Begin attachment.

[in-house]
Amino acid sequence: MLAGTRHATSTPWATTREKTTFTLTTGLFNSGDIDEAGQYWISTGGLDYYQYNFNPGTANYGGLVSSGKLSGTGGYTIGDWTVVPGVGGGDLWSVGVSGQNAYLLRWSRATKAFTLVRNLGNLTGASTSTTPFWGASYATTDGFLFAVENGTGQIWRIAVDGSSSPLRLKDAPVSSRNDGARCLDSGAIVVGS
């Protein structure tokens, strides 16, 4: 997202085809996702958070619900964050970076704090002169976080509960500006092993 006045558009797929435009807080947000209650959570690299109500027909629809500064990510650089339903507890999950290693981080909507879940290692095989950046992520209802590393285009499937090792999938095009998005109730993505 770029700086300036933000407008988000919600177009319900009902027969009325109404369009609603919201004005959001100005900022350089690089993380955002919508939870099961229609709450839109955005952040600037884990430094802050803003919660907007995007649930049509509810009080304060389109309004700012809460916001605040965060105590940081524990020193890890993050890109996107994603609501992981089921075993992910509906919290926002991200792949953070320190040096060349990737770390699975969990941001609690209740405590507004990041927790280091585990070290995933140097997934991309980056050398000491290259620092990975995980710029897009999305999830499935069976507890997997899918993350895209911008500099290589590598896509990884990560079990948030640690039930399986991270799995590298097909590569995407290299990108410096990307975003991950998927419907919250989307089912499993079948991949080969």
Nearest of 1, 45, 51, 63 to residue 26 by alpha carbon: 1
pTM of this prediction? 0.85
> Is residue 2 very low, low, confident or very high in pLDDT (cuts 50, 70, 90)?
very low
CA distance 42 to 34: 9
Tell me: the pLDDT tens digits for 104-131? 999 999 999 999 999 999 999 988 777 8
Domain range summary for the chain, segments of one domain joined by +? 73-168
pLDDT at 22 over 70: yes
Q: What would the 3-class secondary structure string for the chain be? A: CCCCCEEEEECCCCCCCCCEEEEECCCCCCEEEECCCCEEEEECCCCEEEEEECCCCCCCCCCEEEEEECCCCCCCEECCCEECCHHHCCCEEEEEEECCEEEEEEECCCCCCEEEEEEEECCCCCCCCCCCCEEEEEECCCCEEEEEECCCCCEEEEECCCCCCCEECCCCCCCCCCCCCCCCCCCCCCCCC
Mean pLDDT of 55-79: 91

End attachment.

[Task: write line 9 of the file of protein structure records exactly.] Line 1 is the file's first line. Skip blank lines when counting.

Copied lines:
Tell me: the pLDDT tens digits for 104-131? 999 999 999 999 999 999 999 988 777 8